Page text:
The mediator should be an expert in the negotiated settlement process. Criteria for selecting a mediator may include completion of mediation training, previous mediation experience, a substantive knowledge of tax law, or knowledge of industry practices. Criteria may also include the projected travel costs, hourly fees and other expenses.
The hiring of a mediator and the commitment of funds and resources to finance the mediation process must be approved pursuant to normal rules and regulations for government procurement. Each party will usually agree to pay one-half of the mediator’s compensation, expenses and related fees and costs, and the mediator should agree to look solely to each party for one-half of his or her compensation, expenses and related fees and costs. A number of Appeals Officers have had sufficient training in mediation techniques to support an Appeals initiative on mediation in certain nondocketed cases. Consideration should be given to selection of an Appeals mediator, which might reduce costs for both parties and preserve limited Office of Chief Counsel budget resources for expert witnesses and other expenses if settlement is not reached and trial becomes necessary.
If the parties desire to submit an issue to mediation, the Field attorney should submit a request for the hiring of a mediator by memorandum to the Area Counsel (GLS). After the request has been approved, the taxpayer and Field Counsel generally will enter into a written agreement to mediate.
The mediation agreement and any other documents regarding the mediation should be coordinated with Procedure & Administration prior to execution. It is advisable that the agreement be as concise as possible but include the following elements.
The agreement should specify the issue(s) to be mediated by the parties.
The agreement should provide how and when each party will present its case to the mediator; e.g., each party will prepare a short discussion summary, along with any pertinent exhibits, of the issues for consideration by the mediator, to be followed by oral discussions on a particular date.
The agreement might require each party to submit to the mediator and one another a list of participants expected to be present at the mediator session. It is strongly recommended that the taxpayer or an official with the authority to bind the taxpayer participate directly in the mediation sessions.
The agreement should contain an acknowledgment by the taxpayer that all participants in the mediation shall have access to all the taxpayer’s returns or return information pertaining to the issues being considered pursuant to IRC § 6103 and the regulations thereunder, particularly IRC §§ 6103(c), and 6103(n) and the regulations thereunder. (A waiver pursuant to section 6103 should also be obtained from the taxpayer).
The agreement should prohibit ex parte contacts with the mediator outside the mediation session.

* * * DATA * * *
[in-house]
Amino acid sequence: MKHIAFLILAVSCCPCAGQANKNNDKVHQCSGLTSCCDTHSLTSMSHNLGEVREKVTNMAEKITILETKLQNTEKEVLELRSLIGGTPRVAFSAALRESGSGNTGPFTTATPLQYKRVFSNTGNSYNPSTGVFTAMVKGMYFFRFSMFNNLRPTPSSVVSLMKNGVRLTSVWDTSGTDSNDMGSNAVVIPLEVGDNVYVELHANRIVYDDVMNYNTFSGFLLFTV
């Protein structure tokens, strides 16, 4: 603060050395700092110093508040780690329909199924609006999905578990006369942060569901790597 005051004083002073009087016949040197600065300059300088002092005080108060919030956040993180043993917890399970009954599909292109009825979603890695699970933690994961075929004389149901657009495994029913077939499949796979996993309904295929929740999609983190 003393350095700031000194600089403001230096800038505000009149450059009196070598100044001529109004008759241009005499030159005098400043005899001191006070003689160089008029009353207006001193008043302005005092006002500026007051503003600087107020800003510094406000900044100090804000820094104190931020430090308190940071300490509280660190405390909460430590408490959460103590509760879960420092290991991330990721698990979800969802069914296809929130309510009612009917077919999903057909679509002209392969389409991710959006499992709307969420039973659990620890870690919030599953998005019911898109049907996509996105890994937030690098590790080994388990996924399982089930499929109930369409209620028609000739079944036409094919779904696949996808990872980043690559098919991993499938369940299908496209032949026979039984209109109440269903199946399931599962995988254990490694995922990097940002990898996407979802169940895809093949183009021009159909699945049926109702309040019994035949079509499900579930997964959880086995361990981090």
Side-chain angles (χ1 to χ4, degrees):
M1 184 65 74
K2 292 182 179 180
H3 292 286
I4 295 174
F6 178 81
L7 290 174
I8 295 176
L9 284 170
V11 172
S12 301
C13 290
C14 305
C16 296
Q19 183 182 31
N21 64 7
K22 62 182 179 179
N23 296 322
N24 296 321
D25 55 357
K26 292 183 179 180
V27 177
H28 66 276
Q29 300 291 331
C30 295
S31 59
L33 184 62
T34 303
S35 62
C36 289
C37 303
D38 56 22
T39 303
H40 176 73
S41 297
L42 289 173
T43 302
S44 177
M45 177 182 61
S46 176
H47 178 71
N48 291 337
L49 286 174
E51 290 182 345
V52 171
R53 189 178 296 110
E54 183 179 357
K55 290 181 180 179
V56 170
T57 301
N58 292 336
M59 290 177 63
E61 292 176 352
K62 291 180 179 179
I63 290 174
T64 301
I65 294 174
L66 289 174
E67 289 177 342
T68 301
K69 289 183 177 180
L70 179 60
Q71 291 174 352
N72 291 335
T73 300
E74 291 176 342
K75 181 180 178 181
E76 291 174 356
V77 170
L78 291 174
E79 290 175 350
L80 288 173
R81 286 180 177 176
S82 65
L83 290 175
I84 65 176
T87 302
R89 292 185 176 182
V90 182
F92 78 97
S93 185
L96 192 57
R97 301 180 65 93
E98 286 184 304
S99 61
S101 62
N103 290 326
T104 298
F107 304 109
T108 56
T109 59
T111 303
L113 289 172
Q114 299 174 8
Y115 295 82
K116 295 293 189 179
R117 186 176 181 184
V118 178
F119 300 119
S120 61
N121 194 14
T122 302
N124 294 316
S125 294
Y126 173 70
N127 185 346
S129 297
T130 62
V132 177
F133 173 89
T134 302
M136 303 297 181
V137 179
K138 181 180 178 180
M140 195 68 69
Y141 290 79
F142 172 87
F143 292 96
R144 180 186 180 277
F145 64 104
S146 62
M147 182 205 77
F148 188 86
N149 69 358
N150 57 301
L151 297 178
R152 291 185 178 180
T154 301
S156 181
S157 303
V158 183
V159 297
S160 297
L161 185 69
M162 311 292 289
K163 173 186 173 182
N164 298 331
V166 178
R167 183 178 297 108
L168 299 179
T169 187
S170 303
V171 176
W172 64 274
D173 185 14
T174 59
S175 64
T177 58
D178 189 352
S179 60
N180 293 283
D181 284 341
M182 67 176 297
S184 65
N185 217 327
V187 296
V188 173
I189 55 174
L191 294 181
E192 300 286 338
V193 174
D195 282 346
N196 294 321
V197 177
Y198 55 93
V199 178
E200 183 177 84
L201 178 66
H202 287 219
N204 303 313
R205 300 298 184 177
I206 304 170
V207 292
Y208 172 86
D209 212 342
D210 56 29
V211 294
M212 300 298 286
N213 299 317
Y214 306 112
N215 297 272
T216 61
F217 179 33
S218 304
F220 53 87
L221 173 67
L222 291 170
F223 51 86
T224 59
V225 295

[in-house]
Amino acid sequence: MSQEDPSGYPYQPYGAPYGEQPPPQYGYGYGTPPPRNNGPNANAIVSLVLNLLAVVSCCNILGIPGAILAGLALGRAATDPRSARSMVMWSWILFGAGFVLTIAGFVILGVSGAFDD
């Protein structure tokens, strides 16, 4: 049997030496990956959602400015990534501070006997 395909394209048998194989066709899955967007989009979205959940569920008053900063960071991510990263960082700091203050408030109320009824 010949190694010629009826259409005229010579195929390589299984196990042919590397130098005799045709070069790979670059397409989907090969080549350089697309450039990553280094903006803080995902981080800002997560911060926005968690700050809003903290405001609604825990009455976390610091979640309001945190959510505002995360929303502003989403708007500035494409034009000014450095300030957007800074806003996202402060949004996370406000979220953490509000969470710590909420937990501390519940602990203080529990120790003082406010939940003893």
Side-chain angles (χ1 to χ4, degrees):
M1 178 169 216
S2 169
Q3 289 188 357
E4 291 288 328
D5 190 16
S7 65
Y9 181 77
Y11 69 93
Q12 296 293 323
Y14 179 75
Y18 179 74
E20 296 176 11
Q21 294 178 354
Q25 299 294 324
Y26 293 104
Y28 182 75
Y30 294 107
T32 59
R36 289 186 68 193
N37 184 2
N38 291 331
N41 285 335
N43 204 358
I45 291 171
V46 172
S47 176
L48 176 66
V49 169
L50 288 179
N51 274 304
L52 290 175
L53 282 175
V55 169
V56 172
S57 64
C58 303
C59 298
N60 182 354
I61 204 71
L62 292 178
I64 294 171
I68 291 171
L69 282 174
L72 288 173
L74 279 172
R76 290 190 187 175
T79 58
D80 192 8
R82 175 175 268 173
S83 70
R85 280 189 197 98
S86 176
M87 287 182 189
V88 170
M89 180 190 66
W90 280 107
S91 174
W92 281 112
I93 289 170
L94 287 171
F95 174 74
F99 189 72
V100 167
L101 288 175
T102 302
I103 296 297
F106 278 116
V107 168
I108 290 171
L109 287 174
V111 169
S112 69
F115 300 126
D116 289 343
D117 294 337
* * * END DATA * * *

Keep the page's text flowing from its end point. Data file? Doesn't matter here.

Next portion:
The agreement should state that the parties to the mediation acknowledge that under IRC § 7214(a)(8), Service employees are required to report information concerning violations of any revenue law to the Secretary of the Treasury.
If an Appeals mediator is selected, the written agreement to mediate shall include a statement confirming the employee’s proposed service as a mediator, that the mediator is a current employee of the Service and that any conflict resulting from that mediator’s continued status as a Service employee is known to and waived by the parties.
The agreement should state that mediation is a confidential process, and all participants will be subject to the confidentiality and disclosure provisions of the Internal Revenue Code, including IRC §§ 6103, 7213 and 7431. Additionally, any participants in the mediation process may not voluntarily, or through discovery or compulsory process, disclose any information regarding the mediation process, or disclose any communication made during the mediation process, including the settlement terms.
The agreement should provide that either party may withdraw from the mediation process at any time prior to reaching a settlement of the issues to be mediated by notifying the other party and the mediator in writing.
The agreement should provide that a settlement reached by the parties through mediation shall not serve as an estoppel in any other proceeding; and such settlement may not be considered in any factually unrelated proceeding and may not be used as precedent.
The agreement should include a schedule of dates on or before which each step in the mediation process should be completed. For example, the agreement should specify the date by which the parties should select a mediator, the date by which the parties should submit their discussion summaries to the mediator and each other, and the date by which the parties should submit their list of participants to the mediator and each other.
See Exhibit 35.11.1–118 for a model agreement to mediate and Exhibit 35.11.1–119 for a model mediation participant’s list in CCDM 35.11.1.